Bruno moves before a thought comes to him at all. He shoulders through the silent crowd, and up the stairs, and where Julieta has already flung herself around her littlest daughter, Bruno holds tight around the both of them.

The crowd’s unsubtle whispers burst into an uproar, his mother’s breaking voice carrying over the din. He ushers Julieta to her feet, a hand bracing her shoulder and the other supporting one of her arms that holds Mirabel while she shakes soundlessly. Bruno brackets them both, turning their backs to the crowd— “ All you damn people know how to do is stare, huh? ” Pepa hollers, storm brewing, “ You want something to look at, I’ll show you something! ”— and behind Pepa’s whirlwind rage, they flee.

“I don’t understand, Brunito,” Julieta chokes in a hiccup, falling onto the edge of Mirabel’s bed. She hasn’t called him that in years. It makes his heart weak. “What happened? What happened?

Bruno doesn’t know. He can’t. He can only let Julieta wail into his shoulder while she cries out loud for Mirabel, because her baby won’t . Mirabel’s eyes are wide and red and her mouth is ajar, trembling, saltwater dripping off her lips, and she still won’t say anything at all. Mirabel, Mirabel, Julieta begs, and her own voice is the only answer.

Bruno holds the back of Julieta’s head with one hand and tangles the other in Mirabel’s hair, still tied with her favorite white ribbon, and prays that the pain she inherits won’t be his own. 

When his mother comes to fetch him, Agustín is with her to replace Bruno, every curve on his face etched with worry.

He claps Bruno’s shoulder when they pass each other, and looks like he might want to say something, but Bruno tears his eyes away with a physical turn of his head and Agustín takes his hand away like he’s been burned.

He is left alone with his mother. It feels like he is fifteen again, wilting under the long shadow of what he’s done, and what he needs to do.

“Bruno,” his mother pleads. Bruno hears her unspoken fear, and wonders when everyone became so scared . “Bruno, I need you to see . The magic, the miracle, the family— it rests on this future.”

Bruno hates prophecies. Bruno hates the color green. Bruno hates sand, and hourglasses, and straws on his back. But his mother says Bruno, please, and he’s already lost. He has never really had a backbone.

He tries every trick he has. Salt over his shoulder. Sugar. Fingers crossed. Knock-knock-knock-knock-knock. A prayer, lips to his cross. 

Then, he climbs. Su futuro espera.

Ten years from now, Bruno will see Mirabel how he sees her now, and he will tell her: “ And then, and then and then , I saw you.” 

There won’t be enough and then ’s in the world to explain what seeing her means. How it changed everything that came before it, everything that would come after, how it brought everything around him to a screeching halt. When he saw her.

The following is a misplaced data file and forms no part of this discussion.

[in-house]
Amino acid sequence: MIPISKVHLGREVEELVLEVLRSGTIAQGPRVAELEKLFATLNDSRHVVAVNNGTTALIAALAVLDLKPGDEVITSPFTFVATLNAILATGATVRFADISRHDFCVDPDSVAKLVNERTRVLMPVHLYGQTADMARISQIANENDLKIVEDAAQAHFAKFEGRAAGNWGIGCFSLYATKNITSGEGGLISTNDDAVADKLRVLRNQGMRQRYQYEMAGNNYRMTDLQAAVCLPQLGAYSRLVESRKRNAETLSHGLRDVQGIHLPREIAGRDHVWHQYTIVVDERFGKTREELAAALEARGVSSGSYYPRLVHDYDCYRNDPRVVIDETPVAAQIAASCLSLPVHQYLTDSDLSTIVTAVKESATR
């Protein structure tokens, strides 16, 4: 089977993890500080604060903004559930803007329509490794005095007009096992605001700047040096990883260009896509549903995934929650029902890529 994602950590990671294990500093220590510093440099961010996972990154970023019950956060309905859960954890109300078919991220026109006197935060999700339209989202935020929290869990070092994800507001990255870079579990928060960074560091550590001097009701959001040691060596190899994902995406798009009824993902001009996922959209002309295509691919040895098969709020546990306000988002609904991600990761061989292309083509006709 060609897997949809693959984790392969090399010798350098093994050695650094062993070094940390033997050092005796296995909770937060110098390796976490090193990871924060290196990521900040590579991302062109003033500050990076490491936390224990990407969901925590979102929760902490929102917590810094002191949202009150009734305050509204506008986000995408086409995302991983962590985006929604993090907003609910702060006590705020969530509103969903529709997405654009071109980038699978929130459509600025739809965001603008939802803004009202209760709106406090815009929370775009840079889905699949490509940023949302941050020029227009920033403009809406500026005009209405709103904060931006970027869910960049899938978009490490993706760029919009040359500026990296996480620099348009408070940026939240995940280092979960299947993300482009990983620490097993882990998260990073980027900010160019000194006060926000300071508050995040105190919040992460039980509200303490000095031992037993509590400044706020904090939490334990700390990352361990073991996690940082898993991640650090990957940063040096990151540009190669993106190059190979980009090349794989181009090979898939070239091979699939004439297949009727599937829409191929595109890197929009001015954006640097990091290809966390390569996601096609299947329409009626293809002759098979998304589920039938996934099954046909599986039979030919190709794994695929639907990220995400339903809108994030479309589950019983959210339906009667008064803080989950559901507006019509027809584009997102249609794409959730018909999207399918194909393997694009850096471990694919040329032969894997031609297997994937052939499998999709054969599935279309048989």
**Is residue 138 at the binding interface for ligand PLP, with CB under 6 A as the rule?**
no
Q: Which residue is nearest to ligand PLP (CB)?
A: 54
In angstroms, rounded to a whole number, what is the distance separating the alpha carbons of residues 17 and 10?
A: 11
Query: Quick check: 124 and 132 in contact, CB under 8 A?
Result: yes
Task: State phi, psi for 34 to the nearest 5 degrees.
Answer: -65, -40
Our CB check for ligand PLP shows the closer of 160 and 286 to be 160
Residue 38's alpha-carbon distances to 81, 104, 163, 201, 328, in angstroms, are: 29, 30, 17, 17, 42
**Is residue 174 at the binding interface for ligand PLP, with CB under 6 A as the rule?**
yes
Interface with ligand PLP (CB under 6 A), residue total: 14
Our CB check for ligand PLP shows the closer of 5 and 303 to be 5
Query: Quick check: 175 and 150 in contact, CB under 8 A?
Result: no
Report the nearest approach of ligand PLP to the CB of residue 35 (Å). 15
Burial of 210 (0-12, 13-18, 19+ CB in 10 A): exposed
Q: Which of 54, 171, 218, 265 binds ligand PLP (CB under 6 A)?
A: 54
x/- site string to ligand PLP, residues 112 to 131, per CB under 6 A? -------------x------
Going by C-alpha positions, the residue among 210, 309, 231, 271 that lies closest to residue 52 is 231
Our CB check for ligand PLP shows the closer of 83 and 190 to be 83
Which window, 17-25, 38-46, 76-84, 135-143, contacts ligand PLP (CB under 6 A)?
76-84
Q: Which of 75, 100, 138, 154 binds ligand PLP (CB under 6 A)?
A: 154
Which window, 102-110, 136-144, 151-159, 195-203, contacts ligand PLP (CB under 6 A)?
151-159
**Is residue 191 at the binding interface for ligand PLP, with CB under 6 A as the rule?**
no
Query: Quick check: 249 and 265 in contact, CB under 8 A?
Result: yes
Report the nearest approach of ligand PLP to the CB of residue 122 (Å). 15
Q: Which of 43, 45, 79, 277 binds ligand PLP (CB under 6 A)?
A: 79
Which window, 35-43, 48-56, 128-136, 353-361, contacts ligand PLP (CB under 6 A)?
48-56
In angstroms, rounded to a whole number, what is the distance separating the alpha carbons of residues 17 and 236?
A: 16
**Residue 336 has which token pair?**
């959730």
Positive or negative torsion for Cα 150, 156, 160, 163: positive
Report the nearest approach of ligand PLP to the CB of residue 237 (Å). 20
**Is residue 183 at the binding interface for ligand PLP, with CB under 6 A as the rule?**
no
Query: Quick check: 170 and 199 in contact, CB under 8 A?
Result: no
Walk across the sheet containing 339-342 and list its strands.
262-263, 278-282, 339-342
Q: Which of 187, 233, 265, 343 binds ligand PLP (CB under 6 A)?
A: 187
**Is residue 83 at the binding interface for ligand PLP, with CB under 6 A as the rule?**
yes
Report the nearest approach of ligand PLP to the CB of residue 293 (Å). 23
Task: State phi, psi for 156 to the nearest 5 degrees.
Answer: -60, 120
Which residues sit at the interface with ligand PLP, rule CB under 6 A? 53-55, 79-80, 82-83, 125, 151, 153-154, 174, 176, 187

Bruno doesn’t think about it. It’s instant. The tablet is thrown, shattered, buried in sand, and he turns on his heel.

He knows with certainty that he would do the same in a heartbeat for Camilo, Luisa, Dolores, Isabela. But maybe it’s because it’s little Mirabel ( títo Bruno, will you play with me? Títo, will you carry me? I love you, títo —) that when he crosses the bridge and lights up his box of matches, burning the wooden planks behind him, ensuring no one will find that damn vision

Maybe that’s why it feels like it burns him, too.

Outside, his mother waits, because of course she does.

She is not happy to see him empty-handed. Less happy when he mumbles a meek response. She is utterly furious when she presses him and he raises his voice to a yell that surprises him , snapping out that he won’t be coming back with a prophecy— in fact, he won’t be coming back at all. 

Bruno has never once raised his voice at his mother. Bruno doesn’t think he’s ever raised his voice at all .

It isn’t as satisfying as he thought it would be. It just hurts, it rips his throat, hoarse pain hurled with the need to be heard . He loves his mother. He wishes he felt like she loved him again. He wishes he felt like anyone loved him at all.

Their fight is loud. It’s angry. It’s frantic. It’s cutting , what they say to each other. The look on her face and the sweat dripping down his. They gain an audience, listening indiscreetly, and though the children have been sent away, he’s sure Dolores is giving them every word.

If nothing else, he hopes she misses the sound of his mother slamming her hand on the wall, and her final sharp shout. “If you leave this family, you are dead to me!

And when has he ever been alive?

“I wish I was dead to you!” He is raw all over, words bleeding while he rips them out, torn from the worst parts of himself. “I just wish I was dead!

As soon as he bites down on the words and they hang thick in the silent air, lightning strikes with a thunderous rumble and with it, wood cracks in two, a dark split right on the wall of the kitchen. In the gasps, the shouts of Pepa! , his mother’s face cut of silent stone— Bruno, a coward, runs. 

When he looks back, it is only through the gaps in the wall, and the crack in the creaky board in the kitchen that was never quite right again after thunder struck it.